Comparing the Cubs best two hitting pitchers to the Pirates worst two probably isn’t the best way to demonstrate the difference. Also, Marshall’s WOBA is based on a small even for pitchers sample of 15 plate appearances since he was rarely used as a starter. He didn’t actually make much of a difference in the hitting of Cubs pitchers. The difference maker is actually that the Cubs had a bunch of guys who were around average for pitchers to go along with Zambrano, and only Ted Lilly was bad. The Pirates had Zach Duke who was above average, and a whole bunch of awful.

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  8. LeeTro says:

    These stats can be used to give an estimate for the adjustment you have to make to compare an NL pitcher to an AL pitcher. I’m not sure how much better a 3.00 ERA is in the AL than it is in the NL.

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  9. MileHi_Legacy says:

    I love the AL has to put resources in a position argument. It has to be the biggest joke I have ever heard. That is an entire position the AL is able to use to see who should be making their team.

    For instance my beloved Rockies are a perfect example. They have 5 solid outfielders. They would have a much better opportunity to see who they should be building their team around if they had a DH to play to utilize them!!!!!!!!! This is an argument that no one seems to point out or comprehend. Every spot on a team is valuable and being able to use a player every day to test their professional ability is an unbelievable edge the AL has. For instance, Seth Smith could have been hitting 4th all 2009 for the Rockies if they had had a DH spot to use someone with in 2008.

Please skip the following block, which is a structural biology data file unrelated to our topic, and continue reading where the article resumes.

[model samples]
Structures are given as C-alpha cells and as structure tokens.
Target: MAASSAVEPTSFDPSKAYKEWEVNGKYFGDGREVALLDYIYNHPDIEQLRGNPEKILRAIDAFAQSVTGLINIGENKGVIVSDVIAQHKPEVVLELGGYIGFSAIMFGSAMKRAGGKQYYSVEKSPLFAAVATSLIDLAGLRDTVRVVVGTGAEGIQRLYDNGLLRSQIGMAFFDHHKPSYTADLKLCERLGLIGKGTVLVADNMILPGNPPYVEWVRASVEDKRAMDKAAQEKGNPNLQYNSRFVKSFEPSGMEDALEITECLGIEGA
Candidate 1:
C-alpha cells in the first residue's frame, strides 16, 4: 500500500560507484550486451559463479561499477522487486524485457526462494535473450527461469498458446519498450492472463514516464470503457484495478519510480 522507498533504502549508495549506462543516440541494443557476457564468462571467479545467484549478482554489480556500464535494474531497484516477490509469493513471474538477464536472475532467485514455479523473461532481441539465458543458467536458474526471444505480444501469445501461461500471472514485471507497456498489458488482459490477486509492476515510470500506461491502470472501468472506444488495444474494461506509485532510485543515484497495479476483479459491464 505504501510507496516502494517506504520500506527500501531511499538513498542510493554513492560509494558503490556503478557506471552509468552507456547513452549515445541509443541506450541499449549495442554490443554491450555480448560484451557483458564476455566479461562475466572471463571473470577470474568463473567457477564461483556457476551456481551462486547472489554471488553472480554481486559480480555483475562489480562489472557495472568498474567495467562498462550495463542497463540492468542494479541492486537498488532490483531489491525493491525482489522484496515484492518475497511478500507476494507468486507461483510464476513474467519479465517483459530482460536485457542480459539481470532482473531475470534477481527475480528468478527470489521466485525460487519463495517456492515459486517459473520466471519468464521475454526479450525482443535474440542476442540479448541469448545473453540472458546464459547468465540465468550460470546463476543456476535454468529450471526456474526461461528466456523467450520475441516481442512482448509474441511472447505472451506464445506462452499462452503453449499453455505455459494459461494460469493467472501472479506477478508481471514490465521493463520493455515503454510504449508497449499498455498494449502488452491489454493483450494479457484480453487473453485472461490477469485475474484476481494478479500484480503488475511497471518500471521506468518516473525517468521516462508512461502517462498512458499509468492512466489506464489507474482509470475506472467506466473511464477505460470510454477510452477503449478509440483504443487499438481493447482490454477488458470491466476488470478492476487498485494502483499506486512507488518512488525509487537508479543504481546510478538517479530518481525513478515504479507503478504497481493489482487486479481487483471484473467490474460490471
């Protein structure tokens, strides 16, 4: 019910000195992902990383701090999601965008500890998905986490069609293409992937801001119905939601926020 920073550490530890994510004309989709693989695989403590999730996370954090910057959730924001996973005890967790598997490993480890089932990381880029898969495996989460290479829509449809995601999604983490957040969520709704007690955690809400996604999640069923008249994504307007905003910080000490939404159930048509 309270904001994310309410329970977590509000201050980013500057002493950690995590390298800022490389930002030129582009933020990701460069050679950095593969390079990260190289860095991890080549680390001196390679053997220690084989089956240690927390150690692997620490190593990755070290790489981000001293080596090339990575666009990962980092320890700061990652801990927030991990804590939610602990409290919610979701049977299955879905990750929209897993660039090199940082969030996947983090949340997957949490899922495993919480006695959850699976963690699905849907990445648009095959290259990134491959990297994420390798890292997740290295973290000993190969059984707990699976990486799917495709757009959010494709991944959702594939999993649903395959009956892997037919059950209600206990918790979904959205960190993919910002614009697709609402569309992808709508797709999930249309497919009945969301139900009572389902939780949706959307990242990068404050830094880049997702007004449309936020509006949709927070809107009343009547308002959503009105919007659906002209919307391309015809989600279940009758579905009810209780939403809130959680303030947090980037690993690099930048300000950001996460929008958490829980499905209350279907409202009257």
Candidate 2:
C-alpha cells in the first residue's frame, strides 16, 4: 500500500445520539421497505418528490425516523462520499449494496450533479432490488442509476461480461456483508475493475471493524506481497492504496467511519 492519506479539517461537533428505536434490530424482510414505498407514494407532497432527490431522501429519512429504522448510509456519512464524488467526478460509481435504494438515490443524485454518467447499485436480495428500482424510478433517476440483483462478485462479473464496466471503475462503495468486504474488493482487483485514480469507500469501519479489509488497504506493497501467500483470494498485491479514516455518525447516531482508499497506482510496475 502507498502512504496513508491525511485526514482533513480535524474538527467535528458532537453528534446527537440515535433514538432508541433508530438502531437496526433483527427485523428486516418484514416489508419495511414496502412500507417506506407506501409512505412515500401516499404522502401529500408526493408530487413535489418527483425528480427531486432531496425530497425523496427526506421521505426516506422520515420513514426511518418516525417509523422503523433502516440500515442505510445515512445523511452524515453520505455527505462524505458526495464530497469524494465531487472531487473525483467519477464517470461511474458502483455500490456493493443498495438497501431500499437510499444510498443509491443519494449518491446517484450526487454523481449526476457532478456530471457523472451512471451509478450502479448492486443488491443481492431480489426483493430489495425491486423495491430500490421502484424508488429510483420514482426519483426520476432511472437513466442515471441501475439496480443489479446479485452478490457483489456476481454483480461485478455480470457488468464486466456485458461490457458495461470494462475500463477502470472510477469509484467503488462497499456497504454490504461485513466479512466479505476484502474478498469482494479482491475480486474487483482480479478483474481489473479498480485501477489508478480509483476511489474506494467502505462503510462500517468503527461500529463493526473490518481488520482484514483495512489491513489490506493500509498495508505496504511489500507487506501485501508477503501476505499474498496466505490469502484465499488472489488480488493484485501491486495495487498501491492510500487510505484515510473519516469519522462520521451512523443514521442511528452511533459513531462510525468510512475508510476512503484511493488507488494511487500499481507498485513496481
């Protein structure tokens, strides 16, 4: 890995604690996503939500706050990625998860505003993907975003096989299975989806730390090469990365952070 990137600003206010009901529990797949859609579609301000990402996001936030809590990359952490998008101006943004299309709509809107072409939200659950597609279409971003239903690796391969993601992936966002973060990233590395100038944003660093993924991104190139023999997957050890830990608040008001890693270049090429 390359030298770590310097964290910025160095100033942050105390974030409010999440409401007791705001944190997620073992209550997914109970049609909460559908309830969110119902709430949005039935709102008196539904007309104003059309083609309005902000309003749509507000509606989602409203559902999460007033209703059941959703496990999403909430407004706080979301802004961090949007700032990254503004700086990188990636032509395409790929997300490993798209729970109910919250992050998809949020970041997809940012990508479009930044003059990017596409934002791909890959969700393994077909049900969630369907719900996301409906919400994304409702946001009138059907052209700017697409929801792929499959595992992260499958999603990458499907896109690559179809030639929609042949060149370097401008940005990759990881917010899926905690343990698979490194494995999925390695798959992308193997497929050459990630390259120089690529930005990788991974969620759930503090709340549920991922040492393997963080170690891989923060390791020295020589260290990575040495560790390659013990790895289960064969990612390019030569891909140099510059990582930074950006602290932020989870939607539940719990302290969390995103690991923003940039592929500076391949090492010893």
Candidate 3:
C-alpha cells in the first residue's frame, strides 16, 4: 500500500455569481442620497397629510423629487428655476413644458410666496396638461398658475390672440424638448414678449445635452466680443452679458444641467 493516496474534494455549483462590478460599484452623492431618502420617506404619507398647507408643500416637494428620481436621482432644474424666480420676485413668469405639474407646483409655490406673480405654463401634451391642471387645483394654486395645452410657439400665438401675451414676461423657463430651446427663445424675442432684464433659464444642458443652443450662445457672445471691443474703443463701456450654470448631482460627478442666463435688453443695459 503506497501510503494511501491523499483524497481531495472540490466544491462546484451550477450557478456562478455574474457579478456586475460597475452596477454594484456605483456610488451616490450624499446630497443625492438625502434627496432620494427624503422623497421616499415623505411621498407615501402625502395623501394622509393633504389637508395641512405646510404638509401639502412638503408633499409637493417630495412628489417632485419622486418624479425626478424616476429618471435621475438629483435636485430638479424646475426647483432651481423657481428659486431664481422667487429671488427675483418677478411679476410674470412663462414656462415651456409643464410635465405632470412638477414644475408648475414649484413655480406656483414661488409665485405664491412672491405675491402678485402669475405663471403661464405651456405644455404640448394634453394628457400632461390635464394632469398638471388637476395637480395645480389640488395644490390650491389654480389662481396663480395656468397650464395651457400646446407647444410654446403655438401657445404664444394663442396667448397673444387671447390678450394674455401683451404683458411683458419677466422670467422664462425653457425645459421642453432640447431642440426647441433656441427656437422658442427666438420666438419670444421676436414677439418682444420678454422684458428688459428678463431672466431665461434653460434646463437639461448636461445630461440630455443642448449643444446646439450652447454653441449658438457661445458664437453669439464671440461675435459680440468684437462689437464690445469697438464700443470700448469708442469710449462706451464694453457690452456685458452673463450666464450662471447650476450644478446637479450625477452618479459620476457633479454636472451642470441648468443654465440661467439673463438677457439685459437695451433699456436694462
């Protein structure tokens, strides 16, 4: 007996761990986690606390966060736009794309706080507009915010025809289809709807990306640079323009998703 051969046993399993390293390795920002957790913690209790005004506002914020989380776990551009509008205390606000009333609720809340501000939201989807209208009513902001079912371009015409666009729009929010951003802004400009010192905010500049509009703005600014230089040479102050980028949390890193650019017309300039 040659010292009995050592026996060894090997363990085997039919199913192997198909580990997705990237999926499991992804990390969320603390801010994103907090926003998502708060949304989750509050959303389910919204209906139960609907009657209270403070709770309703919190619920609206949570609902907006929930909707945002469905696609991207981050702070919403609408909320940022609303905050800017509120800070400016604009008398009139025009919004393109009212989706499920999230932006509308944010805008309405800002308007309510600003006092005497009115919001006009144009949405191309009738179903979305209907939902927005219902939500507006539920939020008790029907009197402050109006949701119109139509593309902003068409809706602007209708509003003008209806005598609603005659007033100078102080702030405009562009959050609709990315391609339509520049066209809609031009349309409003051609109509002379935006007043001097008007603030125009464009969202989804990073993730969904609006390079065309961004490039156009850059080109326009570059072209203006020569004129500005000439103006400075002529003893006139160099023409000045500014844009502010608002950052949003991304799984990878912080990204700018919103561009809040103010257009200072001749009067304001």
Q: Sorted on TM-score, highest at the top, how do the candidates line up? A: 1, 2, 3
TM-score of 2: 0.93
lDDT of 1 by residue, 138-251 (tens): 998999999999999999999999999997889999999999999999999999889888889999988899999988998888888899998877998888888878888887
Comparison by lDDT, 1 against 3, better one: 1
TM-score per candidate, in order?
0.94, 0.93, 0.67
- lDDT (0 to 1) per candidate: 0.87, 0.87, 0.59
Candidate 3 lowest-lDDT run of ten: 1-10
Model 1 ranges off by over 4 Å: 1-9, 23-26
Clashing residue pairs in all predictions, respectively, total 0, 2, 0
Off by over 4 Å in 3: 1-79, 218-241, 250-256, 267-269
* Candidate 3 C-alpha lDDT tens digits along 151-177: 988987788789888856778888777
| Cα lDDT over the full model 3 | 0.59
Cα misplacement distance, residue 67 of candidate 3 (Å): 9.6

In NL interleague games, pitchers get on base less than 20% of the time anyways. When they do get a hit, it is basically always a single/slop hit. Yes, there are some great pitchers at hitting, but those are few and far between. Whoever the AL rests from their lineup is immediately the best pinch hitter strictly b/c he has been seeing pitches every day.

    In AL interleague games, when a DH does damage, its damage is much greater than a pitcher damage. The biggest problem the NL has is that they have to insert into the lineup someone who has not been seeing the ball on a daily basis. They also have to deal with a much worse K zone as umpires tend to give calls to everyday players/prominent players who have earned respect. Just take a look at David Ortiz K zone in the 2007 WS against Ryan Spillbourghs.

    The money AL teams spend on their extra hitter does indeed help the AL teams with deep pockets. It does not hurt their pockets vs NL teams. Just take a look at how expensive relievers and utility players are. That argument is an absolute joke.

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  10. Babita says: